â€¢ He began with Winstrol after the 1998 season. He also worked out extensively, sometimes spending 12 hours a day at the gym where he met the Weight Guru, who turned out to be Greg Anderson.
â€¢ He also took Deca-Durabolin. By 2001, the authors allege, he was using two designer steroids referred to as the Cream and the Clear, as well as insulin, human growth hormone, testosterone decanoate (a fast-acting steroid known as Mexican beans) and trenbolone, a steroid created to improve the muscle quality of cattle. That’s the same year Bonds broke Mark McGwire’s single-season home-run record (70) by belting 73.
â€¢ He got the substances from Anderson, his personal trainer who became a San Francisco Giants employee. Anderson got them from BALCO labs, headed by Victor Conte. Anderson’s employment by the Giants irked the team’s training staff, according to the excerpt. The Giants also did a background check, discovering that “World Gym was known as a place to score steroids and that Anderson himself was rumored to be a dealer. But the club decided it didn’t want to alienate Bonds on this issue, either. The trainers stayed.”
â€¢ Despite seeing a big change in Bonds’ physical appearance, Giants officials did not challenge their star for fear of upsetting him. “The Giants, from owner Peter Magowan to manager Dusty Baker, had no interest in learning whether Bonds was using steroids, either,” the excerpt contends. “Although it was illegal to use the drugs without a prescription, baseball had never banned steroids. Besides, by pursuing the issue, the Giants ran the risk of poisoning their relationship with their touchy superstar — or, worse, of precipitating a drug scandal the year before the opening of their new ballpark, where Bonds was supposed to be the main gate attraction.”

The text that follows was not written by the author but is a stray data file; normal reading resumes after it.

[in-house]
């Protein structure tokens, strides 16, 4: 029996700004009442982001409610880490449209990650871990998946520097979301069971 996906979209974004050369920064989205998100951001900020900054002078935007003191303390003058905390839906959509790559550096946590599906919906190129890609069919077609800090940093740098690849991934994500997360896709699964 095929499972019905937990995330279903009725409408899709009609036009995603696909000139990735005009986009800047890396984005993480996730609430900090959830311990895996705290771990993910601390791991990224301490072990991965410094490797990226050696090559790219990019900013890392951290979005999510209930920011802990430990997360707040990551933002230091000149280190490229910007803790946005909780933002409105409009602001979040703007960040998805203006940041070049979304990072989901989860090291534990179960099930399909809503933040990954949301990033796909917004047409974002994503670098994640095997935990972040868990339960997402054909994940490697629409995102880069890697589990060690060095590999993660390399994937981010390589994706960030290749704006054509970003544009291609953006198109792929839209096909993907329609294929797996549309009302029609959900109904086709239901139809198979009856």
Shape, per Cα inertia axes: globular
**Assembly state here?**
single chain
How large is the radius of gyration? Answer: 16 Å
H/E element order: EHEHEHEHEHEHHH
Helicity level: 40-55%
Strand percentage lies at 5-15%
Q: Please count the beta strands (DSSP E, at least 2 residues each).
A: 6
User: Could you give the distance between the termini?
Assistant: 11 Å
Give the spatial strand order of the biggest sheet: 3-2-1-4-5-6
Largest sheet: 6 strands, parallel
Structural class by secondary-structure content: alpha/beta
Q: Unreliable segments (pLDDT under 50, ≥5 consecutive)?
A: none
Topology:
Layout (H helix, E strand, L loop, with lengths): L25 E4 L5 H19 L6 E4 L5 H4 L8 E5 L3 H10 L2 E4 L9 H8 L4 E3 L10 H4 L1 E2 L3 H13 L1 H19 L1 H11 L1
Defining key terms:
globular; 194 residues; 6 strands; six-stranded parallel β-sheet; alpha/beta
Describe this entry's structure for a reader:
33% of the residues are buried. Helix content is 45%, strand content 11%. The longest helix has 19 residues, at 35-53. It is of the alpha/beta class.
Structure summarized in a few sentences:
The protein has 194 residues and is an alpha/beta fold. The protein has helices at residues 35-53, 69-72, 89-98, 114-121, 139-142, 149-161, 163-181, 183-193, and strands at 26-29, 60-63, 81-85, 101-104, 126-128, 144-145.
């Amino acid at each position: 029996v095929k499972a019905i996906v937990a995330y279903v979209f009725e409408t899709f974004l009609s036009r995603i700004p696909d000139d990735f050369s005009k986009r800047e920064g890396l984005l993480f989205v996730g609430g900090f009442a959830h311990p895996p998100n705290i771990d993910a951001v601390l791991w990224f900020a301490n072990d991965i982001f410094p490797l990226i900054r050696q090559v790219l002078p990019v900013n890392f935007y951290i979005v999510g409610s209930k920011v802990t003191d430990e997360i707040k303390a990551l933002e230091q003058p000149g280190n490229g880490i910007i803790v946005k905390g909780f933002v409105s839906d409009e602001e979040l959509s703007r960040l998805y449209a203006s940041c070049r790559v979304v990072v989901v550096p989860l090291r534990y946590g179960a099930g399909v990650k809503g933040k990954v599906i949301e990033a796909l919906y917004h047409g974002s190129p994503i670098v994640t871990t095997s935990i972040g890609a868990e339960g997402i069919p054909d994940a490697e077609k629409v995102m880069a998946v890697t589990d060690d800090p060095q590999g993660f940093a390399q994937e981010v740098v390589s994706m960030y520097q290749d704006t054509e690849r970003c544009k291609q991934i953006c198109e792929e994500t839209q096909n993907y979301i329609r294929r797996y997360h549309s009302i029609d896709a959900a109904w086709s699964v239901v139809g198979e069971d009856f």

â€¢ Anderson kept meticulous records on Bonds’ program, many of them on a computer. At times, Bonds gulped as many as 20 pills at a time. He also learned to inject himself.
â€¢ Bonds had a relationship with Kimberly Bell, a woman he met in the Candlestick Park parking lot in 1994 while he was married. Bonds even put a downpayment on a house for Bell in Arizona from monies he made from card-show appearances (and didn’t report as income). She claims he later threatened to kill her.
â€¢ According to the excerpt, Anderson told an acquaintance who was wearing a wire in 2003 that: “The whole thing is, everything I’ve been doing, it’s all undetectable. The stuff I have, we created it. You can’t buy it anywhere else; you can’t get it anywhere else. You can take [it] the day of [a drug test], pee, and it comes up clear.
“See, like Marion Jones and them — it’s the same stuff they went to the Olympics with and they test them every f—— week. So that’s why I know it works, so that’s why I know we’re not in trouble. So that’s cool.”
â€¢ Bonds had immunity in grand jury testimony from everything but perjury. He claimed in testimony that he didn’t know what Anderson was giving him. “At the end of [the] 2002, 2003 season, when I was going through [a bad period,] my dad died of cancer…. I was fatigued, just needed recovery you know, and this guy says, ‘Try this cream, try this cream,’” he said. “And Greg came to the ballpark and said, you know, ‘This will help you recover.’ And he rubbed some cream on my arm … gave me some flaxseed oil, man. It’s like, ‘Whatever, dude.’ ”